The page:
The temperature difference between Tg1 and Tg2 is akin to the difference between Tm in mechanochemically and solvothermally produced crystalline ZIF-62 systems with identical chemical composition. For example, the Tm offset of mechanochemically produced crystalline ZIF-62 is lower than solvothermally produced ZIF-62 in various different reports, yet the resultant Tgs are identical.5,10,24 This is assumed to be a particle size effect seen when performing DSC at a constant heating rate, on the same material with different particle sizes.

Here, scanning electron microscopy (SEM) revealed the production of nanoscale am[Zn(Im)1.65(bIm)0.35] particles directly after mechanosynthesis. This was followed by their coalescence to form connected globular particles larger than 10 μm, after heat treatment to form ag[Zn(Im)1.65(bIm)0.35] (Fig. S13, ESI). Therefore, the difference in Tg1 and Tg2 is likely a kinetic effect seen in DSC caused by particle agglomeration, rather than a thermodynamic lowering of Tg caused by structural changes in the amorphous materials. To further investigate the change from Tg1 to Tg2, with particle agglomeration, a set of DSC experiments on am[Zn(Im)1.65(bIm)0.35] were performed (Fig. S14 and S15, ESI). These results show Tg2 is only dependant on maximum temperature during heating, and therefore support the hypothesis that particle agglomeration affects Tg2.

ZIF-62 is a compositional series [Zn(Im)2−x(bIm)x], with the lower limit of x = 0.05.5,10 However, the upper limit of x has never been identified.25 To further investigate mechanically induced amorphisation, and determine an upper limit of x for amZIF-62, the bIm content was increased in the mechanosynthesis. This yielded am[Zn(Im)1.5(bIm)0.5] and am[Zn(Im)1.0(bIm)1.0], with attempts to yield x > 1.0 resulting in partial ZIF-7 synthesis (Fig. S16–S18, ESI). These high bIm content amZIF-62 systems also yielded a Tg1 and subsequent higher Tg2 values after heat treatment to form their equivalent agZIF-62 systems. These Tg2 values also agree with an increase of Tg with bIm content (Fig. 2 and Fig. S19–S24, ESI). The Tg1 values for am[Zn(Im)1.50(bIm)0.50] and am[Zn(Im)1.0(bIm)1.0] were 335 °C and 411 °C respectively. The Tg2 values were of the respective agZIFs were 360 °C and 419 °C. The Tg2 value for ag[Zn(Im)1.0(bIm)1.0] represents by far the highest Tg value ever measured for a ZIF glass, driven by its high bIm content.23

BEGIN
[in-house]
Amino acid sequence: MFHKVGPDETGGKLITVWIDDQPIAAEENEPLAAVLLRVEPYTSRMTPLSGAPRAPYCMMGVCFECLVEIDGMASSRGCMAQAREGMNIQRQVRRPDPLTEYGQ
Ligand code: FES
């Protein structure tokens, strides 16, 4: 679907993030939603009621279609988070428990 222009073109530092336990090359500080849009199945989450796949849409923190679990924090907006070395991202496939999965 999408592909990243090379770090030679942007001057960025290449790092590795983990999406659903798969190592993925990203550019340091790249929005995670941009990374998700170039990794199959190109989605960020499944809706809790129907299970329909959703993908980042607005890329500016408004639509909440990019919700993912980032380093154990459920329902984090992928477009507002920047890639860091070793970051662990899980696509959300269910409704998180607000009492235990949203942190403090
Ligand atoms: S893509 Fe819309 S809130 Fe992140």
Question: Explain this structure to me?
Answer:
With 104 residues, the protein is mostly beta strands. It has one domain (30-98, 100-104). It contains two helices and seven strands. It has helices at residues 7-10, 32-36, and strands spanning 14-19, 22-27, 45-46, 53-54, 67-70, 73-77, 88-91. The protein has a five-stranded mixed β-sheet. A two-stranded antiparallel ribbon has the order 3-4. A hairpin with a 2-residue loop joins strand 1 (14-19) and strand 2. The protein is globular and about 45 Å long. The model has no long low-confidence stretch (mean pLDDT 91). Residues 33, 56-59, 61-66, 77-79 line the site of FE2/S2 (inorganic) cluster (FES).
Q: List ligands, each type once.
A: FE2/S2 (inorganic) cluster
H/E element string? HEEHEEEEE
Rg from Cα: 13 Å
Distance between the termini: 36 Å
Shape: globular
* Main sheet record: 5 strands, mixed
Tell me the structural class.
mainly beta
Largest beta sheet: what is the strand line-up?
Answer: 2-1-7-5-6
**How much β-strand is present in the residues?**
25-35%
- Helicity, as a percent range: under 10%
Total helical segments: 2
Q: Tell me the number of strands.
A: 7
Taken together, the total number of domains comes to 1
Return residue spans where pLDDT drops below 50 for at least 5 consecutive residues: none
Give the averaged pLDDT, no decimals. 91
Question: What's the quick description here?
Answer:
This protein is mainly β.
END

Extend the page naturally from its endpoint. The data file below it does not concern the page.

To understand the production of amZIFs, an ex situ kinetics study on am[Zn(Im)1.65(bIm)0.35] formation was performed (Fig. S25 and S26, ESI). This showed initial production of crystalline [Zn(Im)1.65(bIm)0.35]. The [Zn(Im)1.65(bIm)0.35] remained crystalline until mechanically induced amorphisation after 22 minutes, with no further change in the diffraction pattern after 30 minutes.